CONDITIONS OF USE: The information in this database is intended to supplement, not substitute for, the expertise and judgment of healthcare professionals. The information is not intended to cover all possible uses, directions, precautions, drug interactions or adverse effects, nor should it be construed to indicate that use of a particular drug is safe, appropriate or effective for you or anyone else. A healthcare professional should be consulted before taking any drug, changing any diet or commencing or discontinuing any course of treatment.
Haloperidol is used to relieve the symptoms of schizophrenia and other problems which affect the way you think, feel or behave. These problems may make you hear, see or sense things that are not there, or believe things that are not true, or feel unusually suspicious. If you are taking haloperidol for these reasons, you may be prescribed tablets or capsules to take for a short while to get your symptoms under control, and then a long-acting, or 'depot', injection may be recommended for you. There is a separate medicine leaflet called Haloperidol long-acting injection which gives more information about this.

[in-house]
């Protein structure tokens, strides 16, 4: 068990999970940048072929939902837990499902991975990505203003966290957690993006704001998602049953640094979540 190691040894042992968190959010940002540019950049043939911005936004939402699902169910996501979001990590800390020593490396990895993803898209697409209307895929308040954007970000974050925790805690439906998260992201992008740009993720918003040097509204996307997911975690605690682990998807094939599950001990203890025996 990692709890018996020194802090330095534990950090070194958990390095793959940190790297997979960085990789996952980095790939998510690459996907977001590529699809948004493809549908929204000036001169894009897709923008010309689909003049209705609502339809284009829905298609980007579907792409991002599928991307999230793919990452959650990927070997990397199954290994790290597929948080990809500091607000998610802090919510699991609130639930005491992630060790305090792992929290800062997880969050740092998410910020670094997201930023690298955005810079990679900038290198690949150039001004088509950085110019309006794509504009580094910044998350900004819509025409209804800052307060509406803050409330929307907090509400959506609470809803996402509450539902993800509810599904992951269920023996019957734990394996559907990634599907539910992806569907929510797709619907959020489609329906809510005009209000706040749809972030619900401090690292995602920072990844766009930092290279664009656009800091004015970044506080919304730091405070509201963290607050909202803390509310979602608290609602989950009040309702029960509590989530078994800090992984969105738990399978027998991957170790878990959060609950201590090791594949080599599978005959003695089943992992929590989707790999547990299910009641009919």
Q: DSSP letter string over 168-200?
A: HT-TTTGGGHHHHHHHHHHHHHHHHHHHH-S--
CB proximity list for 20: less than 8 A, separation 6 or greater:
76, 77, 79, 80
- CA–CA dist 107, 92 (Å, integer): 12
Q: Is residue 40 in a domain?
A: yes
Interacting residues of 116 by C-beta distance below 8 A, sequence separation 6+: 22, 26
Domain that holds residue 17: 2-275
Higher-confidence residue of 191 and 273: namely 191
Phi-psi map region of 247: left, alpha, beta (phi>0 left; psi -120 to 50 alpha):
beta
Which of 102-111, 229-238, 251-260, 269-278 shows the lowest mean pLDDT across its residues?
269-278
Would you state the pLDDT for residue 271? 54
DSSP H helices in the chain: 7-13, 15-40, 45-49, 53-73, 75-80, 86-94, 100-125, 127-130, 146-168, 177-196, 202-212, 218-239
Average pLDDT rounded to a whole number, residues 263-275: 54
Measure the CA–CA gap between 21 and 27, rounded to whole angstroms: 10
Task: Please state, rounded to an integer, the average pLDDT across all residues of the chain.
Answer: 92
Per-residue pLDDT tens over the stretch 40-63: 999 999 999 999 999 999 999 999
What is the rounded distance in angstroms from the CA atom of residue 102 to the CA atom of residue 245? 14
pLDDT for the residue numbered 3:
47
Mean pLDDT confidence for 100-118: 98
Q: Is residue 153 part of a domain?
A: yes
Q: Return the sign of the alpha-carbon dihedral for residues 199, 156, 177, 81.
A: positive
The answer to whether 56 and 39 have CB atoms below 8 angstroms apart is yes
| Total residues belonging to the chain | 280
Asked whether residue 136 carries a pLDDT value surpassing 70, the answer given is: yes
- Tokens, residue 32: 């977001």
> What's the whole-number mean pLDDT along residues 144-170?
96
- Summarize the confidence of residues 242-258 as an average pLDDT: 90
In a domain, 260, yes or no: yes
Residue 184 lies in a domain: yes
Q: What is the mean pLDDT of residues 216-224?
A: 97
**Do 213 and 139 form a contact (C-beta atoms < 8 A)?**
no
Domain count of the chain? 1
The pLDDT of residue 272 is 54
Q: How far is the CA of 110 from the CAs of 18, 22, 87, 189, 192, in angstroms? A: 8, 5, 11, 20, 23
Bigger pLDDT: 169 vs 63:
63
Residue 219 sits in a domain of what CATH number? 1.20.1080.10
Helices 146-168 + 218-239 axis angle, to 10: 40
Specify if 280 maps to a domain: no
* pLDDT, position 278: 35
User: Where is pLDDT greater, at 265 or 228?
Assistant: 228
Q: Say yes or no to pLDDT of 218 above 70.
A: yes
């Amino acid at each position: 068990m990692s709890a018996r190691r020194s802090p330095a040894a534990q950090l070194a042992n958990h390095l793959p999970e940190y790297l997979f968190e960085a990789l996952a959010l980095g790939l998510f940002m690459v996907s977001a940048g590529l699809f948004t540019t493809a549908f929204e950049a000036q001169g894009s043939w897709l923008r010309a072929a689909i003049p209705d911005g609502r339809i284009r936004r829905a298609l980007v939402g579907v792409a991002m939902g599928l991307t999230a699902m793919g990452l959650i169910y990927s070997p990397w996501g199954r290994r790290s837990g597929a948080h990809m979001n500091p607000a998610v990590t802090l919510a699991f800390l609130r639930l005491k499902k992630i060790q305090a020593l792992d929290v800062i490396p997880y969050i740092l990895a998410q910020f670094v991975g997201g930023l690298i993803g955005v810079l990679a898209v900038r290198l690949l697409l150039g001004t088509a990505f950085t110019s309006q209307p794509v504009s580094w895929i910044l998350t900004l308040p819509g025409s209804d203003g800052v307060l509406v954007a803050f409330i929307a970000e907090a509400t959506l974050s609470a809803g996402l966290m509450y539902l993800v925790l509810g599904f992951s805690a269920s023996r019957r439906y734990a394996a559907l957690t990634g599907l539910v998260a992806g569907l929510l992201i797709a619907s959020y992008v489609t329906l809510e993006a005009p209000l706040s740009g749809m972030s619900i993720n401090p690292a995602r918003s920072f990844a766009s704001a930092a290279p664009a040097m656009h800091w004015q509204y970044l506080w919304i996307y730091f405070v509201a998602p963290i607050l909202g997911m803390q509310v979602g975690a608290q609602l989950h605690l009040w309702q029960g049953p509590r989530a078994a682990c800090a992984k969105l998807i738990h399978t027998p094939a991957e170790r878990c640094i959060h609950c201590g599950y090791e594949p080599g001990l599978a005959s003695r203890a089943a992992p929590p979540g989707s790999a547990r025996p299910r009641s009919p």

As with all antipsychotic agents HALDOL has been associated with persistent dyskinesias. Tardive dyskinesia, a syndrome consisting of potentially irreversible, involuntary , dyskinetic movements, may appear in some patients on long-term therapy or may occur after drug therapy has been discontinued. The risk appears to be greater in elderly patients on high-dose therapy, especially females. The symptoms are persistent and in some patients appear irreversible. The syndrome is characterized by rhythmical involuntary movements of tongue, face, mouth or jaw (., protrusion of tongue, puffing of cheeks, puckering of mouth, chewing movements). Sometimes these may be accompanied by involuntary movements of extremities and the trunk.